SLCC holds an array of ideas and bases many of its courses on critical thinking, but how aware are students on hot topics such as immigration? Several leading members of congress are pushing to revise the first section of the 14th Amendment, which states all those born or naturalized here are considered US citizens, regardless of their background. The amendment originally was intended to address the citizen status of former slaves. The 14th Amendment was the clause that overruled Dred v. Sanford (1857), which ruled that blacks could not be citizens.
“I think it might need to be changed sometimes because society has changed from back when they wrote it…American was formed on immigration, you know, but at the same time it’s kind of contradicting itself if they want to change it to make a point that other people can’t come in this country, it’s a free country that’s based on people immigrating here,” said SLCC General Studies major Eric Petersen.
An informal poll of 20 SLCC students shows that only 30 percent of these students heard of the proposed reform, and only 15 percent of students even know what the 14th Amendment says. Many conservatives fear that the Constitution protects illegal aliens coming to the US to have babies just to gain citizenship. Progressives feel that this rhetoric has an anti-immigrant tone, and it is outright bad policy. Here’s what some of SLCC students think.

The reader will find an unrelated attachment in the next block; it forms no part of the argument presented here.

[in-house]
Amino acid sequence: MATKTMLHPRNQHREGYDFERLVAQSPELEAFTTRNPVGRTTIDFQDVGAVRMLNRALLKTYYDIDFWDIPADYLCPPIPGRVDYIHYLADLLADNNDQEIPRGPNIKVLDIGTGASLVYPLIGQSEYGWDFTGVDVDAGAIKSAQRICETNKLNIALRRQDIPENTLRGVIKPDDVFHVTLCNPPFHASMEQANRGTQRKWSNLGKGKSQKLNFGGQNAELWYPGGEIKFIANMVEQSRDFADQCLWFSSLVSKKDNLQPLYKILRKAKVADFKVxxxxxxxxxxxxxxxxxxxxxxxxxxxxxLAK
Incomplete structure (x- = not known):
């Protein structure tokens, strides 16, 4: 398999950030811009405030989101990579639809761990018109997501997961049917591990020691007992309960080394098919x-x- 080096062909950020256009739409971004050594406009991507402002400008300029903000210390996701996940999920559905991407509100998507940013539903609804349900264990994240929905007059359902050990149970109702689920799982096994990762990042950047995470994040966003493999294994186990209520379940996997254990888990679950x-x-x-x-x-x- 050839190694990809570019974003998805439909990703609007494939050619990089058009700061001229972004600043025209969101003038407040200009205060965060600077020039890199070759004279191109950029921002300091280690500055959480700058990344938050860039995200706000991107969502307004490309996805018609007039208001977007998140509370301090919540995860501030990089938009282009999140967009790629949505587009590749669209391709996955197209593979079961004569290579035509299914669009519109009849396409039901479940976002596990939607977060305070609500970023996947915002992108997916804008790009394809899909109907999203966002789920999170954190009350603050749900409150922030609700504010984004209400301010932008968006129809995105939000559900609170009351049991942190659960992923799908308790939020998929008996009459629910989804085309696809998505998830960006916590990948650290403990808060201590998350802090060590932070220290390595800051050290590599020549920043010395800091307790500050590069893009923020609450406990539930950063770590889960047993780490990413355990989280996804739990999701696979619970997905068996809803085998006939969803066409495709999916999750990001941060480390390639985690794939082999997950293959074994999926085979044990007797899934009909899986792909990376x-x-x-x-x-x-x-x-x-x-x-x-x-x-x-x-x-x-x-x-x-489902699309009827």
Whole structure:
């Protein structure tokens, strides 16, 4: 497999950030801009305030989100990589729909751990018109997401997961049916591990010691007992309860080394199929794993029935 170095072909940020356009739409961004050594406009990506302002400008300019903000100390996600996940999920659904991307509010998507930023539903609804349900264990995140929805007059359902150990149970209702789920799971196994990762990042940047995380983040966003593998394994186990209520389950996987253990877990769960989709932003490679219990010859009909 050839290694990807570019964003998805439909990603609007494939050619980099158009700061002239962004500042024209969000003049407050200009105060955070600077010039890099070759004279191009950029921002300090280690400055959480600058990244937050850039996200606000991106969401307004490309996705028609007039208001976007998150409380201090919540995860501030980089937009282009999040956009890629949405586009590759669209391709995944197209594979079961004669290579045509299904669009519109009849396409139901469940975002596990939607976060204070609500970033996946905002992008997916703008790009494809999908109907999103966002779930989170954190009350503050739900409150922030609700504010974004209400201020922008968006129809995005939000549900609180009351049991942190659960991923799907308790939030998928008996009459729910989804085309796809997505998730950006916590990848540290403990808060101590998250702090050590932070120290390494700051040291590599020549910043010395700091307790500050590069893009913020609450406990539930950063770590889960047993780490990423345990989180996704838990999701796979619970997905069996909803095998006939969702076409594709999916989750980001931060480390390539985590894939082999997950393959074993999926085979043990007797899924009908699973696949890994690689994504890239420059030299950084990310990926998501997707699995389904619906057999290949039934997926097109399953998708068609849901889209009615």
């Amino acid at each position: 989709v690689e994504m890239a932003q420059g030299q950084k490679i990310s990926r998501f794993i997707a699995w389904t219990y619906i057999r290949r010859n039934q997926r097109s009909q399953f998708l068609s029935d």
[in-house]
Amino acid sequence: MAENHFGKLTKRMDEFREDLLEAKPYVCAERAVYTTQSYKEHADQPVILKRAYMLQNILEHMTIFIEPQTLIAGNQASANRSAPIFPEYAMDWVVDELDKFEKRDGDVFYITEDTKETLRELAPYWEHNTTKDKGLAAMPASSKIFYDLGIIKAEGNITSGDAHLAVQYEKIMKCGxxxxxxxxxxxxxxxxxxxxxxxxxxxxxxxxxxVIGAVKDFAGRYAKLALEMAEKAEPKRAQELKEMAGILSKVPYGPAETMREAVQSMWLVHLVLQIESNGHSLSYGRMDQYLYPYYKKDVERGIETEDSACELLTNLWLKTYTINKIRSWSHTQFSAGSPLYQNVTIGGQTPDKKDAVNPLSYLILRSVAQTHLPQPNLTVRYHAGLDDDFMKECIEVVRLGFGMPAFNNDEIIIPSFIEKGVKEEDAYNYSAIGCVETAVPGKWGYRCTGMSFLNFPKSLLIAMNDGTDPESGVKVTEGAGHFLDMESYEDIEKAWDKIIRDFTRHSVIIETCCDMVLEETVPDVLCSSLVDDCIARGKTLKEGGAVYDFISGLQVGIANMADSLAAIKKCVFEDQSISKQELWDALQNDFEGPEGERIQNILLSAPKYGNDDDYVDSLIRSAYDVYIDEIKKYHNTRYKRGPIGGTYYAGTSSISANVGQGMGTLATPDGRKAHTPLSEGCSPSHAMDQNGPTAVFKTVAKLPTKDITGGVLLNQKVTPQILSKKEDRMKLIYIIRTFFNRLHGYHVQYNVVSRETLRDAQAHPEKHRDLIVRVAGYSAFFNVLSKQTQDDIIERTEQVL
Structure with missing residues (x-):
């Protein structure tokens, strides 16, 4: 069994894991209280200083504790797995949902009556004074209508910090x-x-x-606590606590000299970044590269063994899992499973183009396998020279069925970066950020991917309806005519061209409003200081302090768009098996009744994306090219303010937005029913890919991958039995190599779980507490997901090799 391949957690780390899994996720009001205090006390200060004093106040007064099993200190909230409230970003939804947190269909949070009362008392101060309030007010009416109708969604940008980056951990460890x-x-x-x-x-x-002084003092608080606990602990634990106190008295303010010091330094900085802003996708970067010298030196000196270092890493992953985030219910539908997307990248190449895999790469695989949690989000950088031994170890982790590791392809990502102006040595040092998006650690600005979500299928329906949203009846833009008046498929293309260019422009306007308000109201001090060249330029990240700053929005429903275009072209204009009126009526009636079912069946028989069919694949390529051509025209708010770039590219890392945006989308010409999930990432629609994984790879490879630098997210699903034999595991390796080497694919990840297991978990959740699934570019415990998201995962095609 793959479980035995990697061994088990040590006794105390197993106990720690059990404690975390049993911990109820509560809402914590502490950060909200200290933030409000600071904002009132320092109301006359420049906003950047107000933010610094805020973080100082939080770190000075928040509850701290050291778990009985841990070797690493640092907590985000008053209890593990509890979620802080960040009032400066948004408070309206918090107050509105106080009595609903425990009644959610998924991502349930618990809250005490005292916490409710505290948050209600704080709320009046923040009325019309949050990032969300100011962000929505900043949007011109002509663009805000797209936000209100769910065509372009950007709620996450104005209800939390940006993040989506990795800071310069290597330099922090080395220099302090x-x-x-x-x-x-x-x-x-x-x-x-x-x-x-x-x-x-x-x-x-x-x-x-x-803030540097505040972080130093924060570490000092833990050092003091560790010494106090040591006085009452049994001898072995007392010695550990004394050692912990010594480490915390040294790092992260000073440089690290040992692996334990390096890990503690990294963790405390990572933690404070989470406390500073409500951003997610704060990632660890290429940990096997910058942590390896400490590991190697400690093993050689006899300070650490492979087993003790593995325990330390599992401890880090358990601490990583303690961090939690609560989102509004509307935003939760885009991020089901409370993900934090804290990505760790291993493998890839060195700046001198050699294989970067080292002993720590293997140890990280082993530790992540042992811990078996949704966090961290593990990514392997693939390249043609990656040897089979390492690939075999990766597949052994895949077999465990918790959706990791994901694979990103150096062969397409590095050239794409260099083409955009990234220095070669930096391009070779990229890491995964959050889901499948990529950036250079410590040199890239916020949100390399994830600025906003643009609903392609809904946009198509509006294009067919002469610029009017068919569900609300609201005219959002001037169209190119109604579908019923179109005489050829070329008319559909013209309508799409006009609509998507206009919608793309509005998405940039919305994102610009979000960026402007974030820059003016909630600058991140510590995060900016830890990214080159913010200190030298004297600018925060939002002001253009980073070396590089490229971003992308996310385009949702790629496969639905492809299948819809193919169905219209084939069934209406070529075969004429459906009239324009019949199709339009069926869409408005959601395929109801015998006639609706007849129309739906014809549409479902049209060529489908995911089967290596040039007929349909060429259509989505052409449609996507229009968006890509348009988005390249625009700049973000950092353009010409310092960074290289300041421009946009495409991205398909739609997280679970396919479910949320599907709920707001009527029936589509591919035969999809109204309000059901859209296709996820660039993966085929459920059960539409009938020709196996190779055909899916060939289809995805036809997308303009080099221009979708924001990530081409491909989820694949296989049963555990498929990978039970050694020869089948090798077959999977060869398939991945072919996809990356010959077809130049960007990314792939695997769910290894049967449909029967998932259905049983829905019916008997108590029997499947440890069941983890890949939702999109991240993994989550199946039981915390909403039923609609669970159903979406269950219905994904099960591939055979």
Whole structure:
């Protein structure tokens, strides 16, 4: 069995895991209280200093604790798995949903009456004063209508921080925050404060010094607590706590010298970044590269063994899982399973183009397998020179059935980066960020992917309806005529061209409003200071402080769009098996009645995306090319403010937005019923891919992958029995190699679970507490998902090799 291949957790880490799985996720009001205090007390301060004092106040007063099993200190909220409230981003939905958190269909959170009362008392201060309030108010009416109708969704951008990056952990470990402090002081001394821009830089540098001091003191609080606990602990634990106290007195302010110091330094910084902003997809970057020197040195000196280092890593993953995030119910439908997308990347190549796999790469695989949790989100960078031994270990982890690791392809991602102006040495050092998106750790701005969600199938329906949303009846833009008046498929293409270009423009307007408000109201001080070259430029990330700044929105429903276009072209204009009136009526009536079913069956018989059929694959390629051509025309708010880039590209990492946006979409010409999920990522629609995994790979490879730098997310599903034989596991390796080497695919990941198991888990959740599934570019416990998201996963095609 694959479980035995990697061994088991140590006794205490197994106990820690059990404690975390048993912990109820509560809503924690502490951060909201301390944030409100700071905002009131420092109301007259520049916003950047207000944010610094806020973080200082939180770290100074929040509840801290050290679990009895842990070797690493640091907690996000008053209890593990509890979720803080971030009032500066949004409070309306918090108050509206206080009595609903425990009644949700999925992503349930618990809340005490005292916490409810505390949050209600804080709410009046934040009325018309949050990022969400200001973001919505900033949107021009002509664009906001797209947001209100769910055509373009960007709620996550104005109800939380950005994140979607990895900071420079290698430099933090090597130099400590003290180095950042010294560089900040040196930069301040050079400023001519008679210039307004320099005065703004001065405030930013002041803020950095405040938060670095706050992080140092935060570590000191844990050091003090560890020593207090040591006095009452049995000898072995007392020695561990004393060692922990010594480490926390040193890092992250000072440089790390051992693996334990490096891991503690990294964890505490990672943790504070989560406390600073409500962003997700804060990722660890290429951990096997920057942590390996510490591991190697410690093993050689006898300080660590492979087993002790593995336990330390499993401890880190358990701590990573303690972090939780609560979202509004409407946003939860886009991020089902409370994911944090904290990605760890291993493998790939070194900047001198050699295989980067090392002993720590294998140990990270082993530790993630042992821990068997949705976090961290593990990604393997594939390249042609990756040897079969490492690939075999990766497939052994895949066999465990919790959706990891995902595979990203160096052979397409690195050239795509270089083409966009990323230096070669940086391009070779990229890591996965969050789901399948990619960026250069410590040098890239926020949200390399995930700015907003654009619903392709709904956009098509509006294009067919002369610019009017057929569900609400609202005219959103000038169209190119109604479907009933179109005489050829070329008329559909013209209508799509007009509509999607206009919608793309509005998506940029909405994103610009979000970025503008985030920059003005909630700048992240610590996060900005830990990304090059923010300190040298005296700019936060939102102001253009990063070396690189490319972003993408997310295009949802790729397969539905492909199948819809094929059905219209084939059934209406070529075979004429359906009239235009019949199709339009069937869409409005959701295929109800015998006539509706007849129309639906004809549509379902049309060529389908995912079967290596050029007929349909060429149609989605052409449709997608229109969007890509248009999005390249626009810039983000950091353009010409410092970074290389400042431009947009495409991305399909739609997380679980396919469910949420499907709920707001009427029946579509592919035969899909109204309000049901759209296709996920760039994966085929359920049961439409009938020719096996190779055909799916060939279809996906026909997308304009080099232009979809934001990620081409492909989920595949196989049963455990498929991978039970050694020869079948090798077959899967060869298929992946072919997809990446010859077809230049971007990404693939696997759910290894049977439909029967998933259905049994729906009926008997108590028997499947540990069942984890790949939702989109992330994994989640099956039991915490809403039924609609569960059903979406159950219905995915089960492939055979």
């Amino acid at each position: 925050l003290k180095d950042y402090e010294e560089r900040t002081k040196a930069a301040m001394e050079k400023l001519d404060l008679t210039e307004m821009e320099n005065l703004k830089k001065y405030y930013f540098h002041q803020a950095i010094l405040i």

Lance Fatheringham, a 21-year-old Graphic Design major thinks the reform kind of makes sense and isn’t surprised to know that the majority of SLCC students aren’t aware of what the 14th Amendment says. He felt the issue was tough to take a stand on. Fatheringham doesn’t think the proposed revision is something most college students need to be aware of.
Ashley Brozowski, a 21-year-old Art major says, “I think it’s stupid, I think we should revise the amendment in the opposite manner…make it more equal opportunity.”
To make it clear, section one of the 14th Amendment reads, “All persons born or naturalized in the United States, and subject to the jurisdiction thereof, are citizens of the United States and of the State wherein they reside. No State shall make or enforce any law which shall abridge the privileges or immunities of citizens of the United States; nor shall any State deprive any person of life, liberty, or property, without due process of law; nor deny to any person within its jurisdiction the equal protection of the laws.”
It could be argued that this amendment as well as amendments within the Bill of Rights serves as the vein through which the values of America flow. Whether you agree with the conservatives or take a more progressive stance, knowing what is going on in this country can make a difference right here on campus. Students are the people that will propel American democracy forward. When one student was asked if she knew what the amendment says, she replied, “No, but now I’m going to check.” That’s all it takes.